If you're thinking of buying a house that has a plumbing system that's several decades old, you may want a camera inspection done first. While a home inspection gives you a general idea of the condition of a house before you buy it, a typical inspection does not involve looking in the sewer line with a camera. Here are three types of damage a camera sewer line inspection can reveal.
1. If The Pipes Are Corroded
Plumbing pipes fail when they're old enough. Replacing a bad sewer line is expensive, and if you do it by having the old line dugout, the process disrupts your property too. A camera inspection examines the insides of the sewer pipe so you can see if it's corroded, cracked, or collapsed in any area.
You probably don't want to buy a house with a sewer pipe that's collapsed and leaking, or if you do, then you want to know upfront how much you'll need to pay for repairs so you can factor that into how much you're willing to pay for the house.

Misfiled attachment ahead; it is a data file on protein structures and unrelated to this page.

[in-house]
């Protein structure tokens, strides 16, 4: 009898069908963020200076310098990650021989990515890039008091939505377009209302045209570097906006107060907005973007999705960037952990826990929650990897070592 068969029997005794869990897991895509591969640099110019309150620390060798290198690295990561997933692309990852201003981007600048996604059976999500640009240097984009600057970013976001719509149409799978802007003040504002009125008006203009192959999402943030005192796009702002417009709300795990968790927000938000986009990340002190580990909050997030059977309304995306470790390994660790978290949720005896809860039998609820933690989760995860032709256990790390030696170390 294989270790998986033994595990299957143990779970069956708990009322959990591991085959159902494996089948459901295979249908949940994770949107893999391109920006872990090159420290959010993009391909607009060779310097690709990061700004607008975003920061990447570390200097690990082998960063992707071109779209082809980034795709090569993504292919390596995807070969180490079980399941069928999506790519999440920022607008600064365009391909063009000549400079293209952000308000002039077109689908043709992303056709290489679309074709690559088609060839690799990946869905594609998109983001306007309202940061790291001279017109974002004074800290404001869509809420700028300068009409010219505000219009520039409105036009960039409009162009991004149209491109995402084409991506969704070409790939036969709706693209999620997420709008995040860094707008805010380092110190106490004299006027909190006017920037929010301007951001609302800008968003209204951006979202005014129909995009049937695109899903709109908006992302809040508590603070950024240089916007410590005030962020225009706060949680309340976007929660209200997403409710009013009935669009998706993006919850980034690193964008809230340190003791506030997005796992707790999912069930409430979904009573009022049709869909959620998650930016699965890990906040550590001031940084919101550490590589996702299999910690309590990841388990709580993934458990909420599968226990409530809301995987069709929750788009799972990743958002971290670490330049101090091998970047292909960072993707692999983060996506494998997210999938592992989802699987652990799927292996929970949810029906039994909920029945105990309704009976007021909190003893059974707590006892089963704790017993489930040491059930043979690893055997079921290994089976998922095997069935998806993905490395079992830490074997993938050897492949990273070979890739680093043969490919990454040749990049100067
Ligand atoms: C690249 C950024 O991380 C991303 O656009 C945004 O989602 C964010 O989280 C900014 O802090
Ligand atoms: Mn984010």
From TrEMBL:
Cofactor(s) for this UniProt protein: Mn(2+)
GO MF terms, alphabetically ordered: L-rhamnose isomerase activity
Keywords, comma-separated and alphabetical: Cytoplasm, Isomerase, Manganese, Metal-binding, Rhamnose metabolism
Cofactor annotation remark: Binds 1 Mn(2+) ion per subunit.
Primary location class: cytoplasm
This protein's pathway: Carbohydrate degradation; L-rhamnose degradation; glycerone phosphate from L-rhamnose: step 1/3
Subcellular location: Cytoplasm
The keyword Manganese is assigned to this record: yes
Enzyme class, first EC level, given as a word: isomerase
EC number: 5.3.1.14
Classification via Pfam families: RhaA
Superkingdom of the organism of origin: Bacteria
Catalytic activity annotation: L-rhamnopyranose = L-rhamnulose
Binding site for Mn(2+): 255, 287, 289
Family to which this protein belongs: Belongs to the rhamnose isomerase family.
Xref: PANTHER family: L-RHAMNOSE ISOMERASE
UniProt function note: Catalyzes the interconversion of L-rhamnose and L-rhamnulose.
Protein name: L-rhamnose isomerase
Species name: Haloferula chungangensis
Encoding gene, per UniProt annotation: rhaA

2. Signs Of Root Trouble
If the property has a history of roots in the sewer line, you may not know it, especially if the owner had the line snaked out recently. If tree roots are working their way in the pipe through joints or cracks, you'll see the roots on a camera inspection. Roots can be big problems for sewer lines since they keep coming back, and you may have an ongoing problem with tree roots after you buy the house.
3. Evidence Of Damage From Soil Shifting
Soil shifting is the main cause of sewer pipe damage. Earth movement from an earthquake might be to blame, but a common reason is simply shifting from water causing the soil to move. If soil swells or contracts, or if a void forms under the pipe, the pipe might shift and come loose at a joint, crack, or collapse. Just like damage from roots and corrosion, you want to know about issues with soil movement and consider if you want to pass on buying the home.
A camera sewer line inspection can't see the outside of the pipe, but it can see the sides of the pipe from the inside. The camera has a light that allows you to see clogs and damage. This information is helpful when you're deciding whether to buy a house.
You may love the house, but if you can't get the owner to repair a problem with the sewer line, you may want to avoid buying it if you'll be looking at costly repairs once you move in.